When I read about businesses and startups, scaling or growing a business are hot buzzwords. People often ask questions like, “How do you scale your business 5X…10X…or even 100X?” Everyone seems to be obsessed with eye-popping growth.
The teams at Automattic have recently completed some in-depth small business customer segmentation research. This was aimed to find out more about the customers that we’re serving. This finding about the segment (Engaged DIYs) really surprised me:
Some do not wish to grow their business, or recognize that it will never fully support the lifestyle they want.
I thought to myself, “What? They do not wish to grow their business?” This was astonishing to me. I had wrongly assumed that our all customers would want to scale their businesses.
This reminds me of a conversation I had with my uncle who’s a sought-after expert in his field. He does not want to have a website to promote his business because he is always booked up months in advanced. I thought he was an anomaly, but this research has proven me wrong.
So I took a step back and thought in their shoes for a moment. Some reasons why customers don’t want to scale could be:
- They don’t have enough time. They’re afraid that growing this business will suck up their time from other things, like family and friends, their full-time job, etc… It could all becoming overwhelming.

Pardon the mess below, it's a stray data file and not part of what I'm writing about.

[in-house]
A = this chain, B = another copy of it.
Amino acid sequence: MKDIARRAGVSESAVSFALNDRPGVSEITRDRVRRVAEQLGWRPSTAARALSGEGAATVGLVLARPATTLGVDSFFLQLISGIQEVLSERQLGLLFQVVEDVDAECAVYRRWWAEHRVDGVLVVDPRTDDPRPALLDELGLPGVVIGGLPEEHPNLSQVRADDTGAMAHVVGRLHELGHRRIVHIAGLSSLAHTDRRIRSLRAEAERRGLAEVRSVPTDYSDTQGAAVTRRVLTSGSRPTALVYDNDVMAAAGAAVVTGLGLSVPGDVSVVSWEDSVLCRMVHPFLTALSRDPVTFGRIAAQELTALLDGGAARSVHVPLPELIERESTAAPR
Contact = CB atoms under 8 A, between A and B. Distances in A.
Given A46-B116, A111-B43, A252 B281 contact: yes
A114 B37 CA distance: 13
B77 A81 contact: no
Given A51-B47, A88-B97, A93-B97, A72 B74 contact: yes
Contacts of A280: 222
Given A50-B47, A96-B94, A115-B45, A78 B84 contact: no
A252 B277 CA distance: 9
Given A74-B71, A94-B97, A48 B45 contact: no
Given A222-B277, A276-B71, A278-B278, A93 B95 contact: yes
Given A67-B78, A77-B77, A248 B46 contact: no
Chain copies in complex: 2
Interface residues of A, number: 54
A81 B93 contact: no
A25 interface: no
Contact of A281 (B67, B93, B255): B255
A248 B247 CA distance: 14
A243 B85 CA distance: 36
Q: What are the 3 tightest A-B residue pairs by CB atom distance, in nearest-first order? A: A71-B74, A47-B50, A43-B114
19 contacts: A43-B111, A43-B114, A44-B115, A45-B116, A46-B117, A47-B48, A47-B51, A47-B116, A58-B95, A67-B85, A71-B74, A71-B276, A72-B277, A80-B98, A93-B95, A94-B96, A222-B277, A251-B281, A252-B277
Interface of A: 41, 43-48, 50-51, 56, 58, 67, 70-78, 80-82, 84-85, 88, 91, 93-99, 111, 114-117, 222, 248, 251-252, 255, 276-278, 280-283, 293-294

- They might be doing this business as a passion project for personal or professional development, and don’t wish to fully commit.
- They’re afraid that their business won’t sustain their lifestyle full-time.
Then my question is: How do we help them achieve their goals, and alleviate that fear or risk?
I think the first step is not to assume that all our customers want to scale their business. Listen to them, support their unique goals and challenges, and be there when they’re ready to move on to that next step. And repeat.
It’s a good reminder to have in mind that our customers, like Automattic, want to “build our business sustainably through passionate and loyal customers”, as outlined in the Automattic creed.